Robert Clarida then returned the conversation to the implication of allowing a sound recording to be deposited with the U.S. Copyright Office. Mr. Clarida noted that lead sheet deposit copies generally leave out many of the characteristic elements of songs, such as the guitar solo in “Hotel California” by the Eagles. To emphasize the importance of allowing copyright protection to exceed the lead sheet, Mr. Clarida highlighted how the strict observation of a lead sheet affected the Skidmore v. Led Zeppelin lawsuit. There, Led Zeppelin was sued for copyright infringement due to a piece that allegedly had similar elements to their megahit “Stairway to Heaven.” However, since Led Zeppelin had only deposited a lead sheet instead of the sound recording, the court remained ignorant about the true aspects of the song embodied in the sound recording. Consequently, the court did not consider the “undeposited authorship,” as Mr. Clarida put it, which could have resulted in an entirely different ruling.

Prof. Joseph Fishman turned the panel towards defining the scope of actionable similarity in copyright infringement cases. He recognized that this was a particularly interesting issue in the Blurred Lines case because it did not concern the top-line melody. Prof. Fishman explained that the earliest infringement lawsuits focused almost exclusively on whether there was a misappropriation of the top-line melody. However, there has been a modern trend of expanding protection to any combination of identifiable musical elements, as evinced by the Blurred Lines court. Prof. Fishman then went on to note that this modern shift in copyright jurisprudence increases the cost and complexity of litigating infringement cases because now they require expert testimony and jury verdicts.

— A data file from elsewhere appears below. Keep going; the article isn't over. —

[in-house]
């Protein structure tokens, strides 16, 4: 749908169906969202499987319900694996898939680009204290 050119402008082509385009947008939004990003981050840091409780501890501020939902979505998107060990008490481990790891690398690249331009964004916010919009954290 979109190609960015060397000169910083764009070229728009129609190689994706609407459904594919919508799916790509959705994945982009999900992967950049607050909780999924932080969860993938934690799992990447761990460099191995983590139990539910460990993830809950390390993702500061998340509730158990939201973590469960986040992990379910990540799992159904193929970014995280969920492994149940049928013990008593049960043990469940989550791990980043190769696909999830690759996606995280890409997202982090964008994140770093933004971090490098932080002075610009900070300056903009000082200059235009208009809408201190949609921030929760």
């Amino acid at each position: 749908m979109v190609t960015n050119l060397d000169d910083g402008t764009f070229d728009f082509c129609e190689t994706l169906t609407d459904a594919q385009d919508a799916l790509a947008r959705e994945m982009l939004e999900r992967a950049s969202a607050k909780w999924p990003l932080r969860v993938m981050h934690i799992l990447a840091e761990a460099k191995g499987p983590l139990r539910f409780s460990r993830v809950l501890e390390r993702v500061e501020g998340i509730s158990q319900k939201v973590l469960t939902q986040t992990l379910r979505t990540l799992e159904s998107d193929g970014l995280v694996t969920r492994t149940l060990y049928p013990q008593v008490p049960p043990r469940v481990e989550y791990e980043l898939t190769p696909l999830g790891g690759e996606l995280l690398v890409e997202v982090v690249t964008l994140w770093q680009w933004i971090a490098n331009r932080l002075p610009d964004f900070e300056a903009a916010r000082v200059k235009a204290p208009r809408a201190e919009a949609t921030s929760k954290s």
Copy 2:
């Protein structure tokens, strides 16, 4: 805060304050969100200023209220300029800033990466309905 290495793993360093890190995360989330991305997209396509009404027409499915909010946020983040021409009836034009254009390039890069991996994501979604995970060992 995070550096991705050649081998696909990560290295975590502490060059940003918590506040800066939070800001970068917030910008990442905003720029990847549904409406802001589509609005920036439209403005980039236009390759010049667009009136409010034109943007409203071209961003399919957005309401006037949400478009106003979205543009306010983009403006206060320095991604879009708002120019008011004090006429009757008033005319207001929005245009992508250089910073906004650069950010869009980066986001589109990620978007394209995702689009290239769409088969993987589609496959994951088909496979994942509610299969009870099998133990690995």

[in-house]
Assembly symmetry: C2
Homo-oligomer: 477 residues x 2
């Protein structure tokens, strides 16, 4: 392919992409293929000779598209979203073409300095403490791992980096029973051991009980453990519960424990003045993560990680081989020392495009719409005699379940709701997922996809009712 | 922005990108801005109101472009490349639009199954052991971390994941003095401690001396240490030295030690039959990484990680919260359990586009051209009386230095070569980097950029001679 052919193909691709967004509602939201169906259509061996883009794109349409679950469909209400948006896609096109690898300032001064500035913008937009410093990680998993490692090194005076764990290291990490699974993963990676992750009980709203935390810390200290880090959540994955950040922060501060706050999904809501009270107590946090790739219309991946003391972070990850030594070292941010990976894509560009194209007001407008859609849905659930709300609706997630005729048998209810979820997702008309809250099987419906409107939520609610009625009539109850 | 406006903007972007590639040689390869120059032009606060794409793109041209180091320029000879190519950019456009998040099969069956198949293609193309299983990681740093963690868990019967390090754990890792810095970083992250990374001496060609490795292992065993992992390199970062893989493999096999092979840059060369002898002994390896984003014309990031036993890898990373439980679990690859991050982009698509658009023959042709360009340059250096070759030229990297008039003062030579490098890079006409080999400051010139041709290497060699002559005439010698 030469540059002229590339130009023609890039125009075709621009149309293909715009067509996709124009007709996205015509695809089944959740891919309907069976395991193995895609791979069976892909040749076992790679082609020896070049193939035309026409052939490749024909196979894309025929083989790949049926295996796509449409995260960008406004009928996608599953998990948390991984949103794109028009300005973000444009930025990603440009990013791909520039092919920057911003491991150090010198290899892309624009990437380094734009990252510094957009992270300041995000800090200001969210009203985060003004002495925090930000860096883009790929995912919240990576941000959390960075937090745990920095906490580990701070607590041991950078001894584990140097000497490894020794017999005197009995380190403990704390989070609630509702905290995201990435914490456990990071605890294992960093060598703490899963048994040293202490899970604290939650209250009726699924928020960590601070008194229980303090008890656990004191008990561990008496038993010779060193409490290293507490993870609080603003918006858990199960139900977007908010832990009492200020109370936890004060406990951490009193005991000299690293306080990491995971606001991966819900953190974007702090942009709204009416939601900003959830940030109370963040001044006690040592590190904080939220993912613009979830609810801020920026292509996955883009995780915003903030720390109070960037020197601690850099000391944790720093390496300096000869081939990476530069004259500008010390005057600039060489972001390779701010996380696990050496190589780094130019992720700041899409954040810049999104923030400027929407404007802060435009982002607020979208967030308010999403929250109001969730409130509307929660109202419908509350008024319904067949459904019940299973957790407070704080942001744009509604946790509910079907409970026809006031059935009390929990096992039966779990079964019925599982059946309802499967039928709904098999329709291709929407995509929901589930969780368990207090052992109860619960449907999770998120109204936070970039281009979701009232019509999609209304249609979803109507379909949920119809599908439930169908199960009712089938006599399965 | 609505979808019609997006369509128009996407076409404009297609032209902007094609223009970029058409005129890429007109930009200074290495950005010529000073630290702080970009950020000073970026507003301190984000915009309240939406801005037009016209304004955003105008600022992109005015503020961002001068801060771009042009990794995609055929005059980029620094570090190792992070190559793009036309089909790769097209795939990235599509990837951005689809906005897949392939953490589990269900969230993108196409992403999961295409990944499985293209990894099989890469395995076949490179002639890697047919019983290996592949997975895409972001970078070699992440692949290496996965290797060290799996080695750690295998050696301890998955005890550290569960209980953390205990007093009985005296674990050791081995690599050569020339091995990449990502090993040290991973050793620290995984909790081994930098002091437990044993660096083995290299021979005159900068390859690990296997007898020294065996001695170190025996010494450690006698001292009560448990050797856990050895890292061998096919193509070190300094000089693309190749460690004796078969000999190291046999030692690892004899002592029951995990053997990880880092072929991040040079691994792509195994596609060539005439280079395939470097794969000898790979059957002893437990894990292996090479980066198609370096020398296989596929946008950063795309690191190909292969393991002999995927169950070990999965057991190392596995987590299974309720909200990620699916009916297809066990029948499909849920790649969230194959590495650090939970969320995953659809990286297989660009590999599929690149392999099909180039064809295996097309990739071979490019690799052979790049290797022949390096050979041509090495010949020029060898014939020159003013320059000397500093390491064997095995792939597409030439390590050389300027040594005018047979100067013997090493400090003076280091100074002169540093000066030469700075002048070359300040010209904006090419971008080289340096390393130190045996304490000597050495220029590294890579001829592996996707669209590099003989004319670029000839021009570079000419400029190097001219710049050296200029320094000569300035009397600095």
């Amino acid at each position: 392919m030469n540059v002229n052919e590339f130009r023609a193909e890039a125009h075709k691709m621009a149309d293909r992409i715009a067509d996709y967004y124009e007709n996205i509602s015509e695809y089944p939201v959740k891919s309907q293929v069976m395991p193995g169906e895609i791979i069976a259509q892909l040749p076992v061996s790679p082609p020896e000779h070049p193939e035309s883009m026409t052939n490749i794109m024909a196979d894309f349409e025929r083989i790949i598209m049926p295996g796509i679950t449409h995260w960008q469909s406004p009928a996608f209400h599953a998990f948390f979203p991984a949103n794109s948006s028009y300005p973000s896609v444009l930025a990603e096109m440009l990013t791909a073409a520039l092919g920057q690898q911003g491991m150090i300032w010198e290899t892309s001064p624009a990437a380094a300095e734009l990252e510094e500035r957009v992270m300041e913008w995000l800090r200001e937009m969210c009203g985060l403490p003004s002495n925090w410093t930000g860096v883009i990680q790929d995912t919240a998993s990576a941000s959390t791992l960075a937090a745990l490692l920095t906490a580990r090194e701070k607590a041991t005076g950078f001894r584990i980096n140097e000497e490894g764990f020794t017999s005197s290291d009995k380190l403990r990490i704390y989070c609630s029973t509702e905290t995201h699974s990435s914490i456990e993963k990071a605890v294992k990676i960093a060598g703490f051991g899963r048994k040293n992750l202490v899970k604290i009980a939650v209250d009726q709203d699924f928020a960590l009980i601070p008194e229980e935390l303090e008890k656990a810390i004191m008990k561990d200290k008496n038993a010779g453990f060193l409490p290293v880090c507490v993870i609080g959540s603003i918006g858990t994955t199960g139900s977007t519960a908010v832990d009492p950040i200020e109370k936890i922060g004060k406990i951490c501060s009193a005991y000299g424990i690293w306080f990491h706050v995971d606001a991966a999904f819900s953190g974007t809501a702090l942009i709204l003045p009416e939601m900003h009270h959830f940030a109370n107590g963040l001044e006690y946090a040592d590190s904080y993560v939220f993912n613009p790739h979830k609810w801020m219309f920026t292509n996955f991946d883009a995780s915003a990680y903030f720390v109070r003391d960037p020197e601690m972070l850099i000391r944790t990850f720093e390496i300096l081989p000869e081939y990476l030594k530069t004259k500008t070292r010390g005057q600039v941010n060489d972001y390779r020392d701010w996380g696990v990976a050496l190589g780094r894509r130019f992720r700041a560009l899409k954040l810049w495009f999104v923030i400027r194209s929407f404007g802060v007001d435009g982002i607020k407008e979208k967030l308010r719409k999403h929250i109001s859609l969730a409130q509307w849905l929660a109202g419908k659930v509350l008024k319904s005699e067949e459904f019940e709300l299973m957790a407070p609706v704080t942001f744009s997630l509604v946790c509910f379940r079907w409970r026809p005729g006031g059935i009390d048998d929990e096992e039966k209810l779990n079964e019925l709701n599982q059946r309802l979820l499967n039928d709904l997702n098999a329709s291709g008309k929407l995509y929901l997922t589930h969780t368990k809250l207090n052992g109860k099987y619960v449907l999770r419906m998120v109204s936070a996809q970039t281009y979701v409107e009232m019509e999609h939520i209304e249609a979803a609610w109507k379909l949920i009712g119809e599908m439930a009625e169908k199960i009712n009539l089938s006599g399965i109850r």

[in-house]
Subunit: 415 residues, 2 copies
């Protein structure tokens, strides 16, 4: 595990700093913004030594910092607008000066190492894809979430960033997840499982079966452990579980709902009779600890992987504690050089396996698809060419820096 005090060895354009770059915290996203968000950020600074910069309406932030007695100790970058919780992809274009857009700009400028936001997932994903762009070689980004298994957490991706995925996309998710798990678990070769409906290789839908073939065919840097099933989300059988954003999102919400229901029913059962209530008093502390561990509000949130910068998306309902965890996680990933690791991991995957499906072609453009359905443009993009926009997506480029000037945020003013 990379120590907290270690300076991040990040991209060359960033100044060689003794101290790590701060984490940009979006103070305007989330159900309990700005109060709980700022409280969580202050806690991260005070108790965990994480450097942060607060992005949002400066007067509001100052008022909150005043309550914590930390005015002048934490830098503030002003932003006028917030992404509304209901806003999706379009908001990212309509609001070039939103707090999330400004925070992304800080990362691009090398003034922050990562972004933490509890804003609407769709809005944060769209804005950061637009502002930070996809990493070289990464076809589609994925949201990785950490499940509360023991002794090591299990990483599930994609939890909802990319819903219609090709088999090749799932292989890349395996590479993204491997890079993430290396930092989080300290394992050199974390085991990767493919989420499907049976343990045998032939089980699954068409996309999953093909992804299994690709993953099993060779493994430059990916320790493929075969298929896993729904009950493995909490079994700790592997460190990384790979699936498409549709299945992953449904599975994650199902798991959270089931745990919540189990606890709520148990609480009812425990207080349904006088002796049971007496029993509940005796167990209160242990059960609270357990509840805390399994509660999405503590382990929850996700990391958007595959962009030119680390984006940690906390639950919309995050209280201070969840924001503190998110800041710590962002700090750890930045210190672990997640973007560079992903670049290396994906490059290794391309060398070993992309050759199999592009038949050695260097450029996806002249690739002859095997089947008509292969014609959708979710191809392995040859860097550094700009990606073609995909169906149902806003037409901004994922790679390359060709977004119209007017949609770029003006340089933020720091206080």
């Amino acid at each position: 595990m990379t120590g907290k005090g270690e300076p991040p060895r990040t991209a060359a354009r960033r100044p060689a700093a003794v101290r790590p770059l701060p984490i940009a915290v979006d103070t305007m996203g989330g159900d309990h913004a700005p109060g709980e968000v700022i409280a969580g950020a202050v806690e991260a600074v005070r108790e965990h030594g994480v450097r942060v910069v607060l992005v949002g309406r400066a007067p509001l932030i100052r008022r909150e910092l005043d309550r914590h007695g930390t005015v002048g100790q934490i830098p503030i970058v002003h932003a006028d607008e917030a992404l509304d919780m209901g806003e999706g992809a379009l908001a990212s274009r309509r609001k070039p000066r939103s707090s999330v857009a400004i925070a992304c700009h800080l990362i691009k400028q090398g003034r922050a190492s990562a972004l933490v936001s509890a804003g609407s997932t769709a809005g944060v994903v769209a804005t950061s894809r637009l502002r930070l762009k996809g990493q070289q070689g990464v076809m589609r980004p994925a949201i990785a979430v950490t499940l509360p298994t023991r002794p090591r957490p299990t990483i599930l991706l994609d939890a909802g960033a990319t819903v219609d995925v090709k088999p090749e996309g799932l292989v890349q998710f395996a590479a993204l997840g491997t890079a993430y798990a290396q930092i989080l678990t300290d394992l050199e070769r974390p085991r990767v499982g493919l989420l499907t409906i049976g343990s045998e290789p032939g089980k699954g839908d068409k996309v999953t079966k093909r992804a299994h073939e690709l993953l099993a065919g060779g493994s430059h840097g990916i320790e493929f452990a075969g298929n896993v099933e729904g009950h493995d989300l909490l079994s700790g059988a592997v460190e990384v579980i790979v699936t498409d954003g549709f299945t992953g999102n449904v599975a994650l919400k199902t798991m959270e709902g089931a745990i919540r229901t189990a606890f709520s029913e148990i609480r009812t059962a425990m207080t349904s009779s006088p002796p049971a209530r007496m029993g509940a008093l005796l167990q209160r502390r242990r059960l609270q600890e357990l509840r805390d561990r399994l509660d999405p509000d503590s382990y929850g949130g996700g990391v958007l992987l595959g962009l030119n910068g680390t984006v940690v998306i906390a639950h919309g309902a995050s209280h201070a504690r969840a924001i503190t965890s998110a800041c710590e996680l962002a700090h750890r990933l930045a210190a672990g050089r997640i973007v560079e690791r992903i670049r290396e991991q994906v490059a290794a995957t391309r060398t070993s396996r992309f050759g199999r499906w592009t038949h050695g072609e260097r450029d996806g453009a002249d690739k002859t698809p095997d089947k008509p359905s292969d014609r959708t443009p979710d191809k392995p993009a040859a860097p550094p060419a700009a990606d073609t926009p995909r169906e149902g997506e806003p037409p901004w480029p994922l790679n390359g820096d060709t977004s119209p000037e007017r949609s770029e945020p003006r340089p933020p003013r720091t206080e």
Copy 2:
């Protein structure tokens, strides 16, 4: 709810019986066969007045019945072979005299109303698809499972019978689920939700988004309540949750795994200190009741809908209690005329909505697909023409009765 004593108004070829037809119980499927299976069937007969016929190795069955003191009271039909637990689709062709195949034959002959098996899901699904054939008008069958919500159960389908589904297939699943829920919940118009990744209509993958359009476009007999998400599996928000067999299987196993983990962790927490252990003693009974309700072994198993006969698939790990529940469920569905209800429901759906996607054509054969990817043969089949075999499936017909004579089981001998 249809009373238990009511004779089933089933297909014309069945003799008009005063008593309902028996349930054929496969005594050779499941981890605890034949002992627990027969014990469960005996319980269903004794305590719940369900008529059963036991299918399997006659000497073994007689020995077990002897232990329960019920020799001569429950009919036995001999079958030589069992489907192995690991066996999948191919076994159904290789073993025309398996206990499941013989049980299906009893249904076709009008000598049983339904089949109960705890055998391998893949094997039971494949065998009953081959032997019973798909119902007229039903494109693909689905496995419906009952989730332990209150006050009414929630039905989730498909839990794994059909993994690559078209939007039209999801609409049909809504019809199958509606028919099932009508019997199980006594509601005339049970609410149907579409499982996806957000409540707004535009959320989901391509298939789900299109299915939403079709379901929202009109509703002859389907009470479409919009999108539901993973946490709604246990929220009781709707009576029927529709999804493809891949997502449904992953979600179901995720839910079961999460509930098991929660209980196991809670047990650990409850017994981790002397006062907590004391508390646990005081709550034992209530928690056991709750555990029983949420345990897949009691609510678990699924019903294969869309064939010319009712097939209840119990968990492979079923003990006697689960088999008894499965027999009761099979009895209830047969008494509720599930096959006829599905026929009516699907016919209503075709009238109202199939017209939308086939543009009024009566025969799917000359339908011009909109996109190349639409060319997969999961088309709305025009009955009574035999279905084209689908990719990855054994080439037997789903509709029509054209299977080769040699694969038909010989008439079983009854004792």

Singer, songwriter, Grammy winner, and best-selling author Rosanne Cash gave the keynote fireside chat from her home in New York. Ms. Cash is a devout artist advocate and a friend of CPIP, and she has testified to the U.S. House of Representatives on behalf of artists. She is also a major proponent of the Artist Rights Alliance organization.

Prof. Aistars opened the conversation by asking Ms. Cash about her personal music ecosystem. “I don’t ever think about it being all about me,” she responded. Ms. Cash believes the music ecosystem is about “provid[ing] work for each other” and that it relies on flight attendants, audio engineers, bus drivers, background vocalists, and all other tangential participants to function. She finds that everyone in the music ecosystem is family because they all speak the same language and inspire one another. As for her personal music ecosystem, Ms. Cash expressed her gratitude for all of her support—from road crews to studio assistants—and for the devotion of her fan base. However, her music ecosystem’s nucleus centers around her “in-house” producer, co-writer, sound engineer, and husband, John Leventhal.

Highlighting the expanse of Ms. Cash’s definition of what the music ecosystem includes, Prof. Aistars then queried Ms. Cash about what she thinks is the most important element for building a thriving creative community. Ms. Cash emphasized that “support for the arts is key.” She expressed her frustration with how quickly public schools have cut funding for the arts, thus demolishing the foundational support system of creative young students. Ms. Cash’s concern is that while schools are willing to provide support for students who are inclined to pursue math and science, there is a lack of educational support and nourishment for those with creative dispositions. This disparity contributes to a discounting of the arts in the public’s mind and stifles innovation in the American arts.

Ms. Cash also noted that a thriving creative community cannot survive if that community does not support its venues for showcasing the arts as well as those who create it. As small music venues continue to close due to COVID-19’s effective moratorium on in-person live music, Ms. Cash believes the creative communities that rely on those venues will disappear with them. She then stressed the importance of the Artist Rights Alliance and other nonprofit artists’ organizations that provide financial support and health care to artists. She also said that federal and state funding is crucial if artists are to survive this global pandemic. Ms. Cash brought attention to France’s recent budget allocation of $2 billion for supporting artists during the pandemic. She is disappointed that while U.S. legislators have supported other service industries, they are unwilling to put the same level of support towards protecting those who enrich and drive our American culture. As Ms. Cash put it, “We are in the service industry–we serve the heart and soul.”